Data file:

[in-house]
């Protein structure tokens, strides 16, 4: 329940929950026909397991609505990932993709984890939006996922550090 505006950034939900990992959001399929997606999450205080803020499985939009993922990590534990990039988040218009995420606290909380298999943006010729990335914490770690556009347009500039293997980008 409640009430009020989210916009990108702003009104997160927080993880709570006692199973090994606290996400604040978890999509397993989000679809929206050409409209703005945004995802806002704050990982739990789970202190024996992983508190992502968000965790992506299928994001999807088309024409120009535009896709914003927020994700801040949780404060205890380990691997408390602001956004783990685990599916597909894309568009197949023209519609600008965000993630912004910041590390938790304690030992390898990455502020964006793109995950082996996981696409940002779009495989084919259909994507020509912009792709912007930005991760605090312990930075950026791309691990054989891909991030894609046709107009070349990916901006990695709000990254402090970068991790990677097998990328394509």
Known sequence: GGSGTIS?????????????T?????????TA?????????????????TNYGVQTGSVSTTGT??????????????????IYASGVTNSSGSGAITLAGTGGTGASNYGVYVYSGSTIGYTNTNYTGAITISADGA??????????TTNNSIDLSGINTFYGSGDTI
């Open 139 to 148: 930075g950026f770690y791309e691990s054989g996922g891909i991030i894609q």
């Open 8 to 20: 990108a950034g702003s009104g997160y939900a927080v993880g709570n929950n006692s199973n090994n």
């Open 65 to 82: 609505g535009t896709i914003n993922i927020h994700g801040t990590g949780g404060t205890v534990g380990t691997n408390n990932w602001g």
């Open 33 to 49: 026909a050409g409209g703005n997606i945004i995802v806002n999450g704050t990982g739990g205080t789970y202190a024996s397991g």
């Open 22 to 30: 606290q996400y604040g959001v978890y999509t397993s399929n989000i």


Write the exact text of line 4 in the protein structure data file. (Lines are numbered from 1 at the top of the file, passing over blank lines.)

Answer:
């Open 139 to 148: 930075g950026f770690y791309e691990s054989g996922g891909i991030i894609q």